Threshold, the national housing organisation, has experienced a sharp spike in calls from tenants facing problems in rented accommodation as a result of the current cold snap. That’s according to Bob Jordan, Director of Threshold.
Speaking today (02.12.10), Mr. Jordan said: “Over the past few days, our advice centres in Dublin, Cork and Galway have been inundated with calls from tenants who are facing problems brought about by the current cold snap.
“Water pipes are freezing, for example, leaving some tenants with no running water. In other cases, the central heating systems in rented properties simply cannot cope with the cold weather and have broken down completely. And many tenants living in sub-standard accommodation are now suffering because of the poor
insulation in their homes, with draughts coming in through old windows and doors, and inadequate heating systems in place.”
According to Threshold, tenants experiencing serious problems with water or heating supplies should contact their landlords immediately. The organisation is also advising tenants to take photographs of problem areas and keep detailed records of all contact made with landlords.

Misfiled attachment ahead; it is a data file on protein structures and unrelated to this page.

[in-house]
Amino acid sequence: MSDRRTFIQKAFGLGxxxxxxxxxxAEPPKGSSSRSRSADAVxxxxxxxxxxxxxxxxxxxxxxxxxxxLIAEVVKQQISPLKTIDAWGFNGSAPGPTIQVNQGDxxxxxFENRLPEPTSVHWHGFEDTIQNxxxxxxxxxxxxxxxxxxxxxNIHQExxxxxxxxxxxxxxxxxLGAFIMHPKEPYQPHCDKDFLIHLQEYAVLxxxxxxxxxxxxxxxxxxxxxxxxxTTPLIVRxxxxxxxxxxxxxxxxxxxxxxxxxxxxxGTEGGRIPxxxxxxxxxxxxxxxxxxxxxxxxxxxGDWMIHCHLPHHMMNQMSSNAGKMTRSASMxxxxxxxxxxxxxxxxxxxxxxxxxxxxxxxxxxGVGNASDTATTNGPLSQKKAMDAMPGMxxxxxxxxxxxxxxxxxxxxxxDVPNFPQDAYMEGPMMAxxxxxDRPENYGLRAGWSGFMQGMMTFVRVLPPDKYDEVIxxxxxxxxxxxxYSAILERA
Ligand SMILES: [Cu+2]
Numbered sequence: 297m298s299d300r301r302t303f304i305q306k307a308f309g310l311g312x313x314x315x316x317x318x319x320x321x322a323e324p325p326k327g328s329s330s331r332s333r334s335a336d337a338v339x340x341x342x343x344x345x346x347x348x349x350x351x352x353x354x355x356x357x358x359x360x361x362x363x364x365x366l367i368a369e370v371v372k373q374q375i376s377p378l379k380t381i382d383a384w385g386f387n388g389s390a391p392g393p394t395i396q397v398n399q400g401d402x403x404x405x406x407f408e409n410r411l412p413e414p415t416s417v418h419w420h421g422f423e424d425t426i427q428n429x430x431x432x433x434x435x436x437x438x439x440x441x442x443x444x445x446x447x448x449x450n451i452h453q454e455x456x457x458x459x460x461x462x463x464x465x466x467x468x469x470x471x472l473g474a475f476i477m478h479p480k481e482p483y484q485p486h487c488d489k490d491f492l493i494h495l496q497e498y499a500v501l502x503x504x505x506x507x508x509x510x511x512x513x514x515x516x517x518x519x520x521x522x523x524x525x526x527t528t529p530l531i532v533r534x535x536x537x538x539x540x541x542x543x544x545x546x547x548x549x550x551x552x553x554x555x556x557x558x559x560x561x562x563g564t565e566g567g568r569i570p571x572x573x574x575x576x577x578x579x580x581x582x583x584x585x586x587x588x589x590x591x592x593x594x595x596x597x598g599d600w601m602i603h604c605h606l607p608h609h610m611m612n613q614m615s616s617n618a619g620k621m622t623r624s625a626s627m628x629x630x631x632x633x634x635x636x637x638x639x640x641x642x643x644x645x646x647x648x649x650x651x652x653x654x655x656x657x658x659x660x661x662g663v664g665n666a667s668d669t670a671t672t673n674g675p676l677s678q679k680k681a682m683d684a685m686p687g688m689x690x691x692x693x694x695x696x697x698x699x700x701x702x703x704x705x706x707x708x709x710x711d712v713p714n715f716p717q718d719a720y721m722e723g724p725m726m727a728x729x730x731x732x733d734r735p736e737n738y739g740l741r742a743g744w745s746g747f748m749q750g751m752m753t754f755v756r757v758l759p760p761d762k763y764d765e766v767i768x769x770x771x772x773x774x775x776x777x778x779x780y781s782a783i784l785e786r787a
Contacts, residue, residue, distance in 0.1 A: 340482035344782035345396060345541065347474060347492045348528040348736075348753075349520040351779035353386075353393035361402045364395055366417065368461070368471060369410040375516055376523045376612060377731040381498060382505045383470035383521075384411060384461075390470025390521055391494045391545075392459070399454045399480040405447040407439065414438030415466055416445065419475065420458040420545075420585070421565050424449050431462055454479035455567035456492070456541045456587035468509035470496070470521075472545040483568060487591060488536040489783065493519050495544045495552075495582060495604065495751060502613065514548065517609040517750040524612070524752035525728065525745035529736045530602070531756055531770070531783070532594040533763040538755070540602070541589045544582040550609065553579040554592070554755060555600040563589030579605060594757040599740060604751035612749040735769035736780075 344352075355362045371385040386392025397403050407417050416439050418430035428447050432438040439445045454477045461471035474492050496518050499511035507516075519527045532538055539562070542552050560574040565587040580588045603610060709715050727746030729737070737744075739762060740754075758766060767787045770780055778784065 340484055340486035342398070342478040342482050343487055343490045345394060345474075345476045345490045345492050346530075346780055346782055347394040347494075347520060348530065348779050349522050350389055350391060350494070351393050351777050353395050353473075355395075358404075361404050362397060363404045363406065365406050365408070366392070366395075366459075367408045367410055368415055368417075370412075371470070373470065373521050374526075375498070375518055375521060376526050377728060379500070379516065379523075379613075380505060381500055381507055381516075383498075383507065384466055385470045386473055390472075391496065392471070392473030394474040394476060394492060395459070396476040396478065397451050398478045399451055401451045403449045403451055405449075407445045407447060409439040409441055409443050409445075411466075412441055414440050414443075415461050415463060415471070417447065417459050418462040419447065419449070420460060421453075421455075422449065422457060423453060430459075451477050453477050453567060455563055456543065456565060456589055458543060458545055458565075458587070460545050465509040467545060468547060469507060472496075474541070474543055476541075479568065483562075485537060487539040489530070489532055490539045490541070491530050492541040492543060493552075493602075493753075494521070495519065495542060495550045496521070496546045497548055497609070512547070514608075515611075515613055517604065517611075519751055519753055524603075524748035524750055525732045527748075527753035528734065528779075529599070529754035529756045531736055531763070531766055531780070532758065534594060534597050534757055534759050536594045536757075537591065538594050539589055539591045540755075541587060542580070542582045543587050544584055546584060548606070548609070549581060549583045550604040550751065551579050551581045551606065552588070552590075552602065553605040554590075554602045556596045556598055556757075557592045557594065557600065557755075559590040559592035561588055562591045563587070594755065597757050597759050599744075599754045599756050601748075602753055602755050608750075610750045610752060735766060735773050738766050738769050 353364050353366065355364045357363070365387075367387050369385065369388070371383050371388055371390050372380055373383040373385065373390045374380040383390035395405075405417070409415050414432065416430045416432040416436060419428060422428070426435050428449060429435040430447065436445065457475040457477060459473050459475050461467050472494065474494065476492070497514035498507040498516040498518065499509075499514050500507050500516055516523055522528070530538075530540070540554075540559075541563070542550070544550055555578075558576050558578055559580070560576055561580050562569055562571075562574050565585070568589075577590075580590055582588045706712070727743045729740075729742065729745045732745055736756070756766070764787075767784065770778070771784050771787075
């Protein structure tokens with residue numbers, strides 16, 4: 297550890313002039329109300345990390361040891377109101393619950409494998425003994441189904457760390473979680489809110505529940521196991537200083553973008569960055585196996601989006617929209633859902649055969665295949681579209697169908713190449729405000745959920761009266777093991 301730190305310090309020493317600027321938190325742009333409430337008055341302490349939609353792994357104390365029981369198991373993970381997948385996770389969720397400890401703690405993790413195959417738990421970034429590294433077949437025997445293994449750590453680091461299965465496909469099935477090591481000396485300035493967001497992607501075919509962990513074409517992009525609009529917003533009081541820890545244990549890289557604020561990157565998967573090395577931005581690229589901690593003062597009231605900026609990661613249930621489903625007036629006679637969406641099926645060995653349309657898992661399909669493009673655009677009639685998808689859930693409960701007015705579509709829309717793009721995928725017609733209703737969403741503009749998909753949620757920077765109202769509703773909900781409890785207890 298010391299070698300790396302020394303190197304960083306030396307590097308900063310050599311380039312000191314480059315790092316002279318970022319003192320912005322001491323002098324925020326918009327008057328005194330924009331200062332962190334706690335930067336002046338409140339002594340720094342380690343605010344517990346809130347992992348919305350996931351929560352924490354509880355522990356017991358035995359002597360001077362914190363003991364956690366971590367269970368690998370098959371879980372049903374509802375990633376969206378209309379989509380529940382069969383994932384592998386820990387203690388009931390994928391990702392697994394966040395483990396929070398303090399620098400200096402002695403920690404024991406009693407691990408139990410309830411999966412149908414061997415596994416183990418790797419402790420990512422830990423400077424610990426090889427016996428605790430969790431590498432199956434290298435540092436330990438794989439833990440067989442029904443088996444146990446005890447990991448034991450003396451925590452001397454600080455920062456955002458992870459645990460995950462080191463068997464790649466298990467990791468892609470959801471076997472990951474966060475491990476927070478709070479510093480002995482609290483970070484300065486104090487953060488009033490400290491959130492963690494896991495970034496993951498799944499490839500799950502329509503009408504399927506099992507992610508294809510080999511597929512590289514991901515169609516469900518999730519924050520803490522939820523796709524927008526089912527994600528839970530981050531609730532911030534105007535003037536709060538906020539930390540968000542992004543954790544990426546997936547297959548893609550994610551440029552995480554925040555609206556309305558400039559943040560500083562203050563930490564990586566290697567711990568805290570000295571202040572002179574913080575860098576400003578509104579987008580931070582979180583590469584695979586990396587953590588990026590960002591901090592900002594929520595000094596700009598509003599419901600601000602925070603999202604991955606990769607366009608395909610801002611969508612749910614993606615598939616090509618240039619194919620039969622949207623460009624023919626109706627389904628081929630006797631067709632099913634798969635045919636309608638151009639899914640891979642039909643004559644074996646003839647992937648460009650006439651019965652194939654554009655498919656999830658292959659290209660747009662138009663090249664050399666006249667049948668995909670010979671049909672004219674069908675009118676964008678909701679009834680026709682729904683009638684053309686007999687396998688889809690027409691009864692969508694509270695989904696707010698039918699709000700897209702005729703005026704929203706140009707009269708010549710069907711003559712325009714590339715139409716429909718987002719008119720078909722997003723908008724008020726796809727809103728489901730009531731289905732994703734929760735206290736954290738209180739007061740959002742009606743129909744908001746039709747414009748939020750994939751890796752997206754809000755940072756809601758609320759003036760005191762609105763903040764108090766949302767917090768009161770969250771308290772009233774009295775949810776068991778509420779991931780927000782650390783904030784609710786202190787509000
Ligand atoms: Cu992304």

“We would urge any tenant experiencing difficulties to contact their nearest Threshold centre for advice,” said Bob Jordan. “If necessary, we can also help tenants to find alternative accommodation.
“We are also calling on landlords to check on their tenants during this period of extreme cold. It would be particularly important for landlords to contact vulnerable tenants, such as elderly people or tenants who live alone.”
Threshold’s advice centres can be contacted on the following numbers:
Further information about the organisation is available at www.threshold.ie.
Threshold was founded in 1978 and is a not-for-profit organisation whose aim is to secure a right to housing, particularly for households experiencing the problems of poverty and exclusion. Its main concentration of work is within the rented sector. The organisation operates a national office, based in Dublin, and two regional offices.
In 2009, the organisation provided advice and representation to almost 22,000 people.